Home Pub bar Camden Dockyard redevelopment brings new restaurants and waterside rooftop bar

Camden Dockyard redevelopment brings new restaurants and waterside rooftop bar


A 33,000 square foot redevelopment project nearing completion on Camden Harbor will bring two new waterfront restaurants this summer in addition to improved facilities for the boat building company that owns the property.

Thomaston-based Lyman-Morse, which operates a shipyard and marina in Camden, is working to rebuild its waterfront facilities after a fire in 2020 caused extensive smoke damage to the series of interconnected buildings that housed its operations, restaurant and distillery.

The reconstruction project is expected to be completed in late May or early June.

“There’s a real energy there in the summer, but even in the winter, with the yachts moored outside, the crews coming and going, work is being done on these pretty amazing vessels. It’s a really fun and everyone really reacts to it,” said Joshua Moore, Lyman-Morse Special Projects Manager. a few more audiences come in to experience it.”

During construction, Lyman-Morse was able to maintain its marine services operations at the Camden site using a large building that was undamaged by the fire, as well as temporary office and store space that was installed outside the building. area, but still on the property.

The new facility will include space for the company’s rigging, carpentry, electronics, mechanical and canvas shops, as well as offices for project managers. It will also include an improved lounge for transient boaters who use the marina’s docks and moorings.

Although Lyman-Morse had no plans to rebuild the Camden facility, which it has owned since 2015, before the fire, Moore said that ended up allowing the company to upgrade the space and make it more efficient from a workflow perspective.

“A lot of the facilities had done many, many years of service and worked well, but they needed updating,” Moore said.

With an improved boardwalk and two new restaurants, the facility will also provide non-boating space for marina users and the public to come and enjoy one side of the harbor across from scenic downtown Camden. .

A rendering of the Lyman-Morse redevelopment currently underway on Camden Harbour.
Credit: Courtesy of Lyman-Morse

Jeremy Howard and Andrew Stewart, the local men behind Blue Barren Distillery, will return to the waterfront site in May with a new venture, Barren’s Restaurant.

The distillery opened at the Lyman-Morse site in 2019, but after the 2020 fire operations moved to a Blueberry in Hope, owned and operated by Howard’s family.

The distillery itself will continue to be housed in Hope. But the new restaurant will give Stewart and Howard a place to showcase their growing line of locally made spirits, as well as blueberry products from Howard’s family farm.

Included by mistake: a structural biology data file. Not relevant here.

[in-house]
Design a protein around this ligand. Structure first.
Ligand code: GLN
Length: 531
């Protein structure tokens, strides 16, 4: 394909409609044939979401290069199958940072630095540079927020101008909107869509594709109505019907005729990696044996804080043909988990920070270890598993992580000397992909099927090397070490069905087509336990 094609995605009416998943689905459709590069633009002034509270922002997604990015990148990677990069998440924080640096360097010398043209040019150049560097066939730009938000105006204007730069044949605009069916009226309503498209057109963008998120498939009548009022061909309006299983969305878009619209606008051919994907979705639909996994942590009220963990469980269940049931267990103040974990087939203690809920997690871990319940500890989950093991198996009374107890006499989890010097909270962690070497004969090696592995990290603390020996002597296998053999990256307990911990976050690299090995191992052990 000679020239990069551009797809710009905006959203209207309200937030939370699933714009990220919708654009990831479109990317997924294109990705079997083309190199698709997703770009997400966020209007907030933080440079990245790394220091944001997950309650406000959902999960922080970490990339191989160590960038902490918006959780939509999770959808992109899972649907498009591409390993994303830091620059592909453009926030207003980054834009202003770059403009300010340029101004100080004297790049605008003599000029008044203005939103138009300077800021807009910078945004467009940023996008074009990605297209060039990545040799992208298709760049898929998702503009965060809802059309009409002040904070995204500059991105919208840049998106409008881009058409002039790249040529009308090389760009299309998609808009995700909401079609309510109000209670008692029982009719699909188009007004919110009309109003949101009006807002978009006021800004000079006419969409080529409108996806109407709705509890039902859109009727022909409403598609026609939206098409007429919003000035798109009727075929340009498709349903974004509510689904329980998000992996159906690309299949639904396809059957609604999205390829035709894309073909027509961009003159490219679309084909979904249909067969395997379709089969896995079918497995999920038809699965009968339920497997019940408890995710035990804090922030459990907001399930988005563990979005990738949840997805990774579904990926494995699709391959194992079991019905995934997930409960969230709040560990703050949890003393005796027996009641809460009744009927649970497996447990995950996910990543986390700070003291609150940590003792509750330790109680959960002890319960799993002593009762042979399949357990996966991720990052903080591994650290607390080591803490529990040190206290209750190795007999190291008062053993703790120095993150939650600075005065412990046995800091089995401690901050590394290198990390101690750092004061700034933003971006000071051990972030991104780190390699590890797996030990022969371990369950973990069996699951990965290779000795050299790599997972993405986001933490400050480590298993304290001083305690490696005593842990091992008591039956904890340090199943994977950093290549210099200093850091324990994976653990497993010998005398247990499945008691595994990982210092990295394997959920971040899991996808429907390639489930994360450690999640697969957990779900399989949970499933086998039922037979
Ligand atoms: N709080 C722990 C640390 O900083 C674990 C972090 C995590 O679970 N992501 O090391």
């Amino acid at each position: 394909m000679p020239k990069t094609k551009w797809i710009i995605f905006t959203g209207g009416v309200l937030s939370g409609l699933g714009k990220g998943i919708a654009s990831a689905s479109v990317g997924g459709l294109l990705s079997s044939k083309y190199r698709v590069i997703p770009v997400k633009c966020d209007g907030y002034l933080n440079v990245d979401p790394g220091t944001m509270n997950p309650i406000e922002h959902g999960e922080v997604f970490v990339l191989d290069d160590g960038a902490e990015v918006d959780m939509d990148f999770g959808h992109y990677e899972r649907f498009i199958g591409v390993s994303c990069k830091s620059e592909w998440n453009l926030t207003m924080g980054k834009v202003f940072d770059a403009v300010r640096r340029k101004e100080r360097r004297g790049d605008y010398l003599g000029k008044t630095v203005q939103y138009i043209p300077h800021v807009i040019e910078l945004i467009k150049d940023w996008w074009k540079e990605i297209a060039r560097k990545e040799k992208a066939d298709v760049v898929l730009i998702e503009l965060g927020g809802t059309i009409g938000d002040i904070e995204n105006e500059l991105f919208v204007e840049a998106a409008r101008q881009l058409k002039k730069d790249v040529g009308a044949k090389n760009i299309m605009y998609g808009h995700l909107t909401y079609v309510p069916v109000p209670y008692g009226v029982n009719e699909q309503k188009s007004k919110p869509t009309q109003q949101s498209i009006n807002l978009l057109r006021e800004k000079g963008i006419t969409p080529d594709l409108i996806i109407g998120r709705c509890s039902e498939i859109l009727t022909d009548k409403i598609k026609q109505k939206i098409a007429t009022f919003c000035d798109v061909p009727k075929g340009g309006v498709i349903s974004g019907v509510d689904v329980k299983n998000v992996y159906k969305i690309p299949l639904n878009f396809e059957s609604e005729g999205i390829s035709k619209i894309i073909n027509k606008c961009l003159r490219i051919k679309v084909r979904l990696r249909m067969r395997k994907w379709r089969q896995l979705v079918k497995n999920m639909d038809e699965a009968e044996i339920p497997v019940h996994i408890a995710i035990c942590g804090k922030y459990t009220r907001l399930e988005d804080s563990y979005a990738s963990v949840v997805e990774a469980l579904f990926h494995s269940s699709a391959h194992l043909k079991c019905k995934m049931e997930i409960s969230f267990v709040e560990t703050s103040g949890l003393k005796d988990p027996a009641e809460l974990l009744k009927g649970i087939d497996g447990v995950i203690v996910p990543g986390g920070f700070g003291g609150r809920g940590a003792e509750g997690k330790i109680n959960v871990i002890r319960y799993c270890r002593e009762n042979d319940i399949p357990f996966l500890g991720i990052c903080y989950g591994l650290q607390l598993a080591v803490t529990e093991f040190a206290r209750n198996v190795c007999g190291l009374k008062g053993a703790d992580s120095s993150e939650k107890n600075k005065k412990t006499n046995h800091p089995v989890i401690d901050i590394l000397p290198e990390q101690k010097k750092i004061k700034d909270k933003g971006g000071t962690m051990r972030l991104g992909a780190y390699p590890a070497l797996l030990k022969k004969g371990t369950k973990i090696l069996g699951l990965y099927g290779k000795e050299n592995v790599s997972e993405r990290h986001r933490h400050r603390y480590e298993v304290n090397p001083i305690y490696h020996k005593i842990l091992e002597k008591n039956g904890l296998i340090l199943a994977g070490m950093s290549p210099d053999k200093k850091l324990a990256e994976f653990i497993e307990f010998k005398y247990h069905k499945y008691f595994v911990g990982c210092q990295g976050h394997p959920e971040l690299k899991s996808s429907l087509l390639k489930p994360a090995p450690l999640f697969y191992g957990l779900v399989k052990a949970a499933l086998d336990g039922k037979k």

While Howard’s roots are in growing blueberries, Stewart previously operated the Drouthy Bear in Camden, which closed during the pandemic.

The Barren’s restaurant will offer pub-style comfort food, as well as upscale seafood dishes, Howard said. The 100-seat restaurant will feature a large indoor-outdoor bar as well as a courtyard.

“We want it to be this really welcoming and cozy place to have a drink and a burger,” Howard said.

The Blue Barren Distillery will also have a storefront at the Lyman-Morse facility where people can purchase spirits and other products like candles and soaps, Howard said.

A second restaurant, Salt Wharf, is set to open on the property, likely in June, according to Moore. The restaurant will be seafood-focused with a raw bar and a rooftop bar “that’s really going to blow some people away, it’s a pretty spectacular place,” Moore said.

The new facility also has several commercial or retail spaces that Lyman-Morse envisions for local artisans functioning as a showroom for their wares or gallery space.

The redevelopment project stands out on the harbor as a modern construction facility, but Moore said the firm had worked to incorporate design elements that serve as a nod to the history of the building styles that existed in the region. This includes designing each of the building spaces with its own architectural style as opposed to one long building, as well as using gable-style pitched roofs facing the water.

“Is this a change? Yes absolutely. But I think it will be a positive change and something that will really help make Camden the special port that it really is,” Moore said.

Apart from the redevelopment of the dockyard, Lyman-Morse is also looking to develop a marina in Camden’s outer harbour. The proposal is still in the planning stage, Moore said.